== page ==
"All right, you can go to Nana’s house," Richard said finally. "Together. Mommy will be home later, and she’ll pick you up…"

Jason shook his head violently. "Nuh-uh. Stayin’ at Nana’s."

For once it was Kala who clung to him worriedly, peeking around his shoulder with a hurt and frightened expression. Ever the strong one, the mouthpiece for the both of them, Kala was for once silent. The look on her face as her gaze moved back and forth between he and Clark pained Richard more than Jason’s anger, and he gave in. "Okay, come on. Let’s go. Clark…"

"I’ve got to pick Lois up from the airport," he replied. "I’ve got her car keys…"

"I’ll go with you when I get back from taking them," Richard said, watching as Jason went to stand by the door and glare at him. "She’s not gonna be happy…"

 

 

 

 

 

 

 

 

 
 
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AlphieLJ: Familyalphielj on November 3rd, 2007 02:54 pm (UTC)
You certainly tapped into the most difficult thing about being a parent - trying to talk reason at an adult level with someone who's idea of "perfection" comes at a child's level. Share Lois. Live together. That's exactly what they would think. As funny as it was, it was also painful, too. Well done. Off to read part two.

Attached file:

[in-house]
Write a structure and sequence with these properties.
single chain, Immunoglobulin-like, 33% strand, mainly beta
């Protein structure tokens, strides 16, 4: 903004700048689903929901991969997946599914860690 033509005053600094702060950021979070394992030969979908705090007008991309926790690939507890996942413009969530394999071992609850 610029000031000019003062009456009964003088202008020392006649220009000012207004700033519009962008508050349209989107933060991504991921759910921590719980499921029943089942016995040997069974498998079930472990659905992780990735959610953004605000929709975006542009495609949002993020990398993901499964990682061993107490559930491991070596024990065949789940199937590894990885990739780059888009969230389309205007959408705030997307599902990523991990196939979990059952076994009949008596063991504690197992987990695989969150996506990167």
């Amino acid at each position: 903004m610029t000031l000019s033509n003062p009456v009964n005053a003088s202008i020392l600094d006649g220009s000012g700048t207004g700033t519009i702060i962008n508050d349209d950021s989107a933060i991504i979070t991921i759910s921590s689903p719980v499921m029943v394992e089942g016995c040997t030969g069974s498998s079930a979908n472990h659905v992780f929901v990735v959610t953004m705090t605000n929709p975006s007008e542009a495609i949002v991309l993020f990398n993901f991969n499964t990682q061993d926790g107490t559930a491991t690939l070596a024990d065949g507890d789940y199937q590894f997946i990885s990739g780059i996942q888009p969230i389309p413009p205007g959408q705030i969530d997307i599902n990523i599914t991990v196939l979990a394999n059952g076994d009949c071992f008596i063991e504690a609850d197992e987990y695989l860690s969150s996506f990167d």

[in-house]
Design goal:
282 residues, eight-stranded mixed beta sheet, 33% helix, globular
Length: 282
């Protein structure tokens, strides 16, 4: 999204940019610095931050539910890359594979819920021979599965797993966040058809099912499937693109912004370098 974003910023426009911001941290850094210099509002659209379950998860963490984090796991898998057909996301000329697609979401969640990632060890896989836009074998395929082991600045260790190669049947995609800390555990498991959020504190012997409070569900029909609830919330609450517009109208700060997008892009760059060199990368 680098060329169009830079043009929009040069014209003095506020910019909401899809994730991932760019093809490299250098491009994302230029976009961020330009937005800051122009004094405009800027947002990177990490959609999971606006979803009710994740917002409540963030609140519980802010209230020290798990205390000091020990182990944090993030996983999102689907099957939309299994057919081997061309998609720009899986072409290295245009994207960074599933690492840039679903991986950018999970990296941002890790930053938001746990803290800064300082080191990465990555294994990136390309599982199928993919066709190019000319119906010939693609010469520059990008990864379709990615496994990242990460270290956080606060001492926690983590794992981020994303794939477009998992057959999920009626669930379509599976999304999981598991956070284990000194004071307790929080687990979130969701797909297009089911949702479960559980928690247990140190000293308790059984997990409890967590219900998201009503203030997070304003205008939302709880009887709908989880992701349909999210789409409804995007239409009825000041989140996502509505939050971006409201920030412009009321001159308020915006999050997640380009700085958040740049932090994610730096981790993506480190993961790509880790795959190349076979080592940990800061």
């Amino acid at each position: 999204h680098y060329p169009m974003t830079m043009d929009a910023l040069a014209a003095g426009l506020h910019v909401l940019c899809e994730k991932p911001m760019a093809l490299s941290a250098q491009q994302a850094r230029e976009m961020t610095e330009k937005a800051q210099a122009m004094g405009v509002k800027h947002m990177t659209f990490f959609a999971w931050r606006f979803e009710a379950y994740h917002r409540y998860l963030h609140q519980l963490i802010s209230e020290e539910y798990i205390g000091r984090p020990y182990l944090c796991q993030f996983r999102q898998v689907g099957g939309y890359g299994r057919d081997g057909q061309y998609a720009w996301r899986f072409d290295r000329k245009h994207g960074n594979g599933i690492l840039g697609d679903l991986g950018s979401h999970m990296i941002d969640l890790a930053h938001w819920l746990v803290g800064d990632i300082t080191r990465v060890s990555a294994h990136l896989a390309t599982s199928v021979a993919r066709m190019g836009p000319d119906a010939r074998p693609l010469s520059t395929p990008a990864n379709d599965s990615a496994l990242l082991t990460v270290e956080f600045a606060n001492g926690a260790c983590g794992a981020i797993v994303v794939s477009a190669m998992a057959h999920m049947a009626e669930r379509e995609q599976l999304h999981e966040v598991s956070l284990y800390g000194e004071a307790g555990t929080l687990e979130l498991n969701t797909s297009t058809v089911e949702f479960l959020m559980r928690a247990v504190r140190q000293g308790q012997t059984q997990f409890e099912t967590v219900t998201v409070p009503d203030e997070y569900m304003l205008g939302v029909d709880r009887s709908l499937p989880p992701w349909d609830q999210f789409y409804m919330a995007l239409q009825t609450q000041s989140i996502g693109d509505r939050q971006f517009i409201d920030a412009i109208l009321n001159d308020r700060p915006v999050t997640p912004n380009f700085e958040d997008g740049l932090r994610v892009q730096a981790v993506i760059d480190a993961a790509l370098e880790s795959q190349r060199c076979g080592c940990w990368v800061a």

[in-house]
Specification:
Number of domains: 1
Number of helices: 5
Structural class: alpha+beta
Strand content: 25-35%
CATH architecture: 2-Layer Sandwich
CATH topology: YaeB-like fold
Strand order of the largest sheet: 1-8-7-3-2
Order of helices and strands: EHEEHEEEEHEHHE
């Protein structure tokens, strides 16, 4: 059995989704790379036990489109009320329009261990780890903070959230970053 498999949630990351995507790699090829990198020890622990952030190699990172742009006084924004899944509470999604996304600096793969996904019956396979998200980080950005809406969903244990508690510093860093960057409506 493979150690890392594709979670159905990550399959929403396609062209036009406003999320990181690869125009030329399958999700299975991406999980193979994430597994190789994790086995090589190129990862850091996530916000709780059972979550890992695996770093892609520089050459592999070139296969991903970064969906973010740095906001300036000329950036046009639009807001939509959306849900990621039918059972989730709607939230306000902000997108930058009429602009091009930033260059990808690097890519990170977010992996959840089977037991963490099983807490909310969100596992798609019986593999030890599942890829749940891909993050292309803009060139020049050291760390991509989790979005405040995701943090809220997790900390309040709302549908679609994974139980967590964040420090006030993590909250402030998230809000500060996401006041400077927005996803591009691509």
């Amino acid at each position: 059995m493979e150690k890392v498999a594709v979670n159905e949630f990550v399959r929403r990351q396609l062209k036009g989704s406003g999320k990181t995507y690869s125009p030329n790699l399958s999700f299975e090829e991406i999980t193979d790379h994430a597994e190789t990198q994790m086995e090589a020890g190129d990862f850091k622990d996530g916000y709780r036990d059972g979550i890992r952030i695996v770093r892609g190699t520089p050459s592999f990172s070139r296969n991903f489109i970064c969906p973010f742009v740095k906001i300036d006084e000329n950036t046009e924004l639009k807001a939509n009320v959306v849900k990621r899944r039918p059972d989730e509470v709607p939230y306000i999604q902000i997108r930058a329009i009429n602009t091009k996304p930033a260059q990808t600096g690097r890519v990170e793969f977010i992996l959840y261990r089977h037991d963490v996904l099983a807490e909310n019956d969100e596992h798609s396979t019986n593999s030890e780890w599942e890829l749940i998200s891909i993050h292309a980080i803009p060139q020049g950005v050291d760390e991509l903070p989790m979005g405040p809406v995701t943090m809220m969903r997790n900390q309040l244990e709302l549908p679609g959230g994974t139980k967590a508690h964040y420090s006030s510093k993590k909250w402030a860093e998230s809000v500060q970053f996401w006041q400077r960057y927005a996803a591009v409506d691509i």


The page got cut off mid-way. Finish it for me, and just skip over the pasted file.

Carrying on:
OH! And I very nearly asked Trekkie to be a beta, too! Does she leave book long reviews for you guys? She's the best reviewer EVER.
Lois: Family Lois Perrykalalanekent on November 3rd, 2007 07:02 pm (UTC)
No one knows just how much that means to me, especially when it comes from a mother. I can easily imagine what I'd do if I had been in their place. It's not easy to understand what's happening, silly complicated adults. I only hope we continue to surprise people with their characterization.

Trekkie is completely awesome, isn't she? She's always given the most out-of-this-world reviews and we figured it was about time we gave poor B and Abby a little more help. With the holidays coming up, it'll likely get difficult for them both.
Lisa: generic l&c: daily planetmrsmosley on November 3rd, 2007 04:04 pm (UTC)
My kids are trying to get me to start a free-love commune, he thought.

LOL!

She’s not gonna be happy…

Understatement of the century!